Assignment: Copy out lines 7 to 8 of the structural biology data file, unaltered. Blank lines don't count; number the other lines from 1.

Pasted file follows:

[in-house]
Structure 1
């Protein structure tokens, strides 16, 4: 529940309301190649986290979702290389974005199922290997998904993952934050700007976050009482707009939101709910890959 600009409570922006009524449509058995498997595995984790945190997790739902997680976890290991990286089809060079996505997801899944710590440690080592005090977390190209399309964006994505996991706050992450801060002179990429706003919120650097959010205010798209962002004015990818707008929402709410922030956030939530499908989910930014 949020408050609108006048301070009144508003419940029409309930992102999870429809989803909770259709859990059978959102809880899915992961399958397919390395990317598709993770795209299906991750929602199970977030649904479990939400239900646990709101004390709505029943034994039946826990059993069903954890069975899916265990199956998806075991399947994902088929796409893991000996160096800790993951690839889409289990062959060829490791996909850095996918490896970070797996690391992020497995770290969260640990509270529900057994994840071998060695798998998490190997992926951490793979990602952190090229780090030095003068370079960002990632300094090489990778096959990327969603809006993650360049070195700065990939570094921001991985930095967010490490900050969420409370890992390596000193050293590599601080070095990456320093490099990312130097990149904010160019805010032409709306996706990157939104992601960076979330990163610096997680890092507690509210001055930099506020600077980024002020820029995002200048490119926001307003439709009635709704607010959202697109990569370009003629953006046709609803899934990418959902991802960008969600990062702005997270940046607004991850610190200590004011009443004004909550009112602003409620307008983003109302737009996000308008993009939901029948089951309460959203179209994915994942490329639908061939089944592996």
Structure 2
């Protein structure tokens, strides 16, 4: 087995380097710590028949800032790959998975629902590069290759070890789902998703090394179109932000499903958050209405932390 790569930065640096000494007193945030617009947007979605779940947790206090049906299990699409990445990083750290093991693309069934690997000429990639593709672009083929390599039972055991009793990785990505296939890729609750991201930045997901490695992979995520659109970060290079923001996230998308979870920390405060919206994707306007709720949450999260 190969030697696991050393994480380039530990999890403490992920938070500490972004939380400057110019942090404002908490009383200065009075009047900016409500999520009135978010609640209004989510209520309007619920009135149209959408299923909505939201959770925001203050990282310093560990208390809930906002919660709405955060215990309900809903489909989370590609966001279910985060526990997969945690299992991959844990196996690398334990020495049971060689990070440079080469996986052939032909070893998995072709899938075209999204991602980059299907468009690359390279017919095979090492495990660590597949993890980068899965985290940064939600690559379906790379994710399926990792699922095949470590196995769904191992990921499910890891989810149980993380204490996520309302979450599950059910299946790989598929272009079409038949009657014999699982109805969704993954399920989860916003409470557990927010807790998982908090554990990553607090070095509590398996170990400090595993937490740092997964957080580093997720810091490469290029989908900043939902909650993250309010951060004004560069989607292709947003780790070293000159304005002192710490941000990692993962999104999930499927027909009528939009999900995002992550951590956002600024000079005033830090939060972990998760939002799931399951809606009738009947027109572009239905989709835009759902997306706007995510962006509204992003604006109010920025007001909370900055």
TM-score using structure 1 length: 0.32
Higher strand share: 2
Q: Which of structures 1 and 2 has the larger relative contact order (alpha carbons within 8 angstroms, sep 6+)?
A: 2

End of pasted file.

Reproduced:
Higher strand share: 2
Q: Which of structures 1 and 2 has the larger relative contact order (alpha carbons within 8 angstroms, sep 6+)?